In companies, the way the strategy is translated into communication and procedures is key. Because of the crucial relevance of good communication (‘comunicare’ in Greek, means making community) it is important to train people to facilitate dialogues, not debates nor discussions. Often departments have become silos and a lot of the procedures, rituals and fixed traditions can be solutions to problems that also no longer are present.


Communication is more complex than many of us assume. People think that they are thinking but most of the time they repeat intelligent but fixed thoughts, our endorphin system rewards us for doing this. The more academic you are, the more you can suffer from this. We also have difficulty in listening: if you ask the participants of any meeting to give a report of what have been discussed, they give all different accounts. We hear some words and mix them with our own thinking. And stated before, we have in our minds and hearts assumptions and thoughts that were transferred by culture, education etc.


These barriers are solved in a Socratic dialogue, to reach an optimal social feeling of empathy and an optional collaborative mind to create new knowledge. We develop with the personal a new landscape of interactions and communication rituals. The real core of the company is established in the day-to-day ‘free thinking’ and ‘true communication’ within the company and external relations. 


2-Leadership: Know Thyself!


Anybody who wants to be successful in a challenging, leading position within business, politics, public administration, or the wider society needs a crucial set of skills: You will need to see quickly through complex issues, put together convincing arguments for or against given proposals, filter relevant from irrelevant information, check the consistency of policy papers, decide which problems are crucial and identify the issues that are still badly understood. These skills of rigorous analysis, sound argument and critical examination are the bread-and-butter of philosophy: no subject trains our ability for consistent, systematic thought better than philosophy.


Those who take on key responsibilities within business and society also need a good moral compass: ‘should we invest in countries with atrocious human right records? How is funding to be distributed across different areas of R&D? Should we prefer women to men in recruitment processes?’ are just some of the key moral questions faced by businesses and society.


Socratic Design VIP training is a transformative course in which a CEO or high potential will acquire the Socratic capacity to analyse societal developments, to understand the philosophical assumptions at stake in our daily life and to facilitate strong dialogue contexts in the company. The Socratic advice is ‘Know your self’. The training will lead to philosophical knowledge that will make the CEO capable of transforming the company into new roads and frames. In uncertain and volatile times it is essential to learn to see underlying currents and trends. Philosophy is the best tool to help you become the guide of your company.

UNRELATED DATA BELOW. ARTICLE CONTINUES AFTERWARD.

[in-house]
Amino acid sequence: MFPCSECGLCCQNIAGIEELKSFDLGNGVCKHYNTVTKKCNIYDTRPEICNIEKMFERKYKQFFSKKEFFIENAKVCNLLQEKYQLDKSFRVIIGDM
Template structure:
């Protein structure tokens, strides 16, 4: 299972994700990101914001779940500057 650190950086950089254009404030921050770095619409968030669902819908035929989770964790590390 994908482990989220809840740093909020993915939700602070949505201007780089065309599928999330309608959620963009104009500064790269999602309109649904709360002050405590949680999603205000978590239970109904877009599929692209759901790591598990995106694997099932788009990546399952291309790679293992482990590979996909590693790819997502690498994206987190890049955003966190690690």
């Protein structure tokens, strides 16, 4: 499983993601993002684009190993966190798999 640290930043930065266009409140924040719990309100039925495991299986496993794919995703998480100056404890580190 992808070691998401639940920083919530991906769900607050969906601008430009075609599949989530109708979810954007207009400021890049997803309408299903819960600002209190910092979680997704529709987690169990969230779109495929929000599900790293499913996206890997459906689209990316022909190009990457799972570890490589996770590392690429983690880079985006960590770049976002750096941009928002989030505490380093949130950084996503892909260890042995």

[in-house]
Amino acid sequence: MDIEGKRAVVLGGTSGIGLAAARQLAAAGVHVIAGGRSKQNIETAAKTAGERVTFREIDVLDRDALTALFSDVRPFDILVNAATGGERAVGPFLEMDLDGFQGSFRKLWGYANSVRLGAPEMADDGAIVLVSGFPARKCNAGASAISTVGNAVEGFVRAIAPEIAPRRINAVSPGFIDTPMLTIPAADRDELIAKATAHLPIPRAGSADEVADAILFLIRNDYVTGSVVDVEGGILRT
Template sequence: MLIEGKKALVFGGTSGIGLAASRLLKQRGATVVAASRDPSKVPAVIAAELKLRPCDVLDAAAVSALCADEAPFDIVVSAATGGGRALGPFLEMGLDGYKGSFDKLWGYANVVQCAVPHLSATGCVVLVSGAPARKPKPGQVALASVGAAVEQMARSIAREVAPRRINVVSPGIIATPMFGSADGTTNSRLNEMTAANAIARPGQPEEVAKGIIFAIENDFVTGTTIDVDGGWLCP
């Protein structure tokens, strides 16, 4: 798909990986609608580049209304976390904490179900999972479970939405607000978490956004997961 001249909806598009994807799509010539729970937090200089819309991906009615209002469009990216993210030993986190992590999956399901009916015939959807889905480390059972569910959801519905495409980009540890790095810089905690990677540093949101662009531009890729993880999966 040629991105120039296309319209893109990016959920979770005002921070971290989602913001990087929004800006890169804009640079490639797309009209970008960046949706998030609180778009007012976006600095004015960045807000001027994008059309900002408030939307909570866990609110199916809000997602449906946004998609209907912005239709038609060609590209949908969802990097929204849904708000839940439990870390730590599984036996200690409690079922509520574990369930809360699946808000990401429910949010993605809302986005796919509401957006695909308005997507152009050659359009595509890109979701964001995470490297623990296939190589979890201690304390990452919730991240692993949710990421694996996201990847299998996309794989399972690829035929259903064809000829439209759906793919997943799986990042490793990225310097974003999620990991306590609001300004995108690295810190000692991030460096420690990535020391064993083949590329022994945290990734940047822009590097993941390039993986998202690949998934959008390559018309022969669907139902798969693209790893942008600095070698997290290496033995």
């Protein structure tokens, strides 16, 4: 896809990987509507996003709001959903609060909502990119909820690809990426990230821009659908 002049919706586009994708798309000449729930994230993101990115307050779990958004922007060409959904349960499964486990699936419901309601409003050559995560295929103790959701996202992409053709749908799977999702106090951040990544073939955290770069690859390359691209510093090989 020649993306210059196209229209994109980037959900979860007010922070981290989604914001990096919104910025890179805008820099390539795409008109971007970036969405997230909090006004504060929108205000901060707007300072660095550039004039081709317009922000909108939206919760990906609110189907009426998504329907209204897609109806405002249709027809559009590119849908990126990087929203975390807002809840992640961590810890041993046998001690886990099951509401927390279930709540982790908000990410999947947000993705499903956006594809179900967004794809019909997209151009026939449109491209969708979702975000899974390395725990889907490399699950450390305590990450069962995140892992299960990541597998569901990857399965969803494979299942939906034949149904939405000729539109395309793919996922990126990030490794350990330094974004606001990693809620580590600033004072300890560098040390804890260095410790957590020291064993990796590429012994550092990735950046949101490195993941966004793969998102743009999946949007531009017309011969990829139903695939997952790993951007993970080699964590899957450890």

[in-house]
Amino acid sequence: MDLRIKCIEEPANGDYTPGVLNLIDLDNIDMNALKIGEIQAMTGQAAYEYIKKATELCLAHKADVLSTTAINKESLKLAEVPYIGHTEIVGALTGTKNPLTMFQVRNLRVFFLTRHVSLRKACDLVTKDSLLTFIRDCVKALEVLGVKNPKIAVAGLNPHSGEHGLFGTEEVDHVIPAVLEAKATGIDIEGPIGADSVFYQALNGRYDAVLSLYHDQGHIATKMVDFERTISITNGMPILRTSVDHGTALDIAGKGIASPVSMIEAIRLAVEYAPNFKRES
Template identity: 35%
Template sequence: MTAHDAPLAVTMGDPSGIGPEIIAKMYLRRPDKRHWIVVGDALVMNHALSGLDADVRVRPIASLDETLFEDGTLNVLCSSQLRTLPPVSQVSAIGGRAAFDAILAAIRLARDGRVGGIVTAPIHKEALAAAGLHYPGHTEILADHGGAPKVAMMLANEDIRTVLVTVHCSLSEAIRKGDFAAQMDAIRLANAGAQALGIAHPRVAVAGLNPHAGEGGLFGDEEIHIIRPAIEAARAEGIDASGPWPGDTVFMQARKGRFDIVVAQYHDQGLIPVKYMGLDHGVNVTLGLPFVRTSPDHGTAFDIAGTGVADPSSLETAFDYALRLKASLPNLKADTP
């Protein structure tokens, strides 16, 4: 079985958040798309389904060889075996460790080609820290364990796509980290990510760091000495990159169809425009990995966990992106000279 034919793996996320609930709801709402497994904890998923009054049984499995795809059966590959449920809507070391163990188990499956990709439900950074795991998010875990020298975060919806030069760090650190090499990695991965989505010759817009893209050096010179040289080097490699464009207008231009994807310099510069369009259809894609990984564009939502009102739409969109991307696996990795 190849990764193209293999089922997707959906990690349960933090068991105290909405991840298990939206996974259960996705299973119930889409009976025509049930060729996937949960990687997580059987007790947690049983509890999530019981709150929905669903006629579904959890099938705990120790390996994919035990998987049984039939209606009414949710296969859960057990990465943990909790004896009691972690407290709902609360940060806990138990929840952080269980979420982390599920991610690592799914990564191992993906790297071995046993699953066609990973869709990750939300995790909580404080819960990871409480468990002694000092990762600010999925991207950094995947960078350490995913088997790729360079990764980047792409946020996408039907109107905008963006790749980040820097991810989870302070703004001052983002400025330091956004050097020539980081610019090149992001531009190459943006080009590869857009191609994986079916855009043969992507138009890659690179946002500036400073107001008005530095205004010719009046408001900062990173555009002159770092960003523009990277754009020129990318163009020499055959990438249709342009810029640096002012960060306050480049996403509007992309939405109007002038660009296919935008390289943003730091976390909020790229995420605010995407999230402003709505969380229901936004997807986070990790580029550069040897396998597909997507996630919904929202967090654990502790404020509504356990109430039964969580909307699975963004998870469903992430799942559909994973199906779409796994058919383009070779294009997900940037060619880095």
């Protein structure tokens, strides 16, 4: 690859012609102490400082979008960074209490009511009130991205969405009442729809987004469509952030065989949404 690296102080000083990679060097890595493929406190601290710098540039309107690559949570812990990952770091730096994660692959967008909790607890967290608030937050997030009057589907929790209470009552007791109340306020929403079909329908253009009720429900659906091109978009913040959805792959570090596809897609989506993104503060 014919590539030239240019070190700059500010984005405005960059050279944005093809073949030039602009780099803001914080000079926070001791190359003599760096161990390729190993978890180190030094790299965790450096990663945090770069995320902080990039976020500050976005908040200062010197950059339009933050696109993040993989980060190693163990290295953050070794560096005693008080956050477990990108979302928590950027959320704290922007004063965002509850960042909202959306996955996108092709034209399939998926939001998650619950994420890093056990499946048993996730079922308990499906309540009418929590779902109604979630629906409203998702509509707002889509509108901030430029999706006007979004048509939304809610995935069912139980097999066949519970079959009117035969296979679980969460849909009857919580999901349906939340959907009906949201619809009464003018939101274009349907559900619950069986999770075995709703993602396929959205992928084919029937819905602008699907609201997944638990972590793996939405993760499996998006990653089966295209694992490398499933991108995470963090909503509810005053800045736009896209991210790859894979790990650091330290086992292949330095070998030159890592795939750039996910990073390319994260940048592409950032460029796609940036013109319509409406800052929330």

By reflecting seriously on these questions, we had CEO’s, ministers and leading entrepreneurs in our trainings discovering a structured format to handle the financial and ethical dilemma they are facing and completely transform the situation and solidified their leadership roles. Contemplating timeless philosophical values can fuel timely behaviour changes in the service of growth and lasting success.

3-Cultural Transformation with Code of Ethics


Businesses need a code of ethics. With abundance of information, transparency and decentralised accountability systems on the rise, employees, individuals and communities themselves put pressure on organisations to follow a code of ethics, which should be agreed upon.

Communities: For a great illustration of that concept, look at the startup “Rentlogic” which gathers records of New York landlords’ good behaviour, bringing down the price up or down. Uber provides a strong incentive for drivers and passengers to behave well with the rating system. The same can be observed with ‘reviewing’ systems such as ‘Yelp’, ‘Ebay’ and so on… We see the rise of the Wikipedia as a means of decentralising the hegemony of encyclopaedias, blogs and social media disrupting the traditional press media, in which large institutions are struggling. Or how Airbnb has disrupted the monopoly of hotels by building a “trust” network. Blockchain is a good example of decentralised value systems.


It’s my strong belief that a platform should be built to have companies observe a code of ethics based on a variety of metrics such as, how they treat their employees and customers, are they impact the environment, wellbeing of future generations and so on…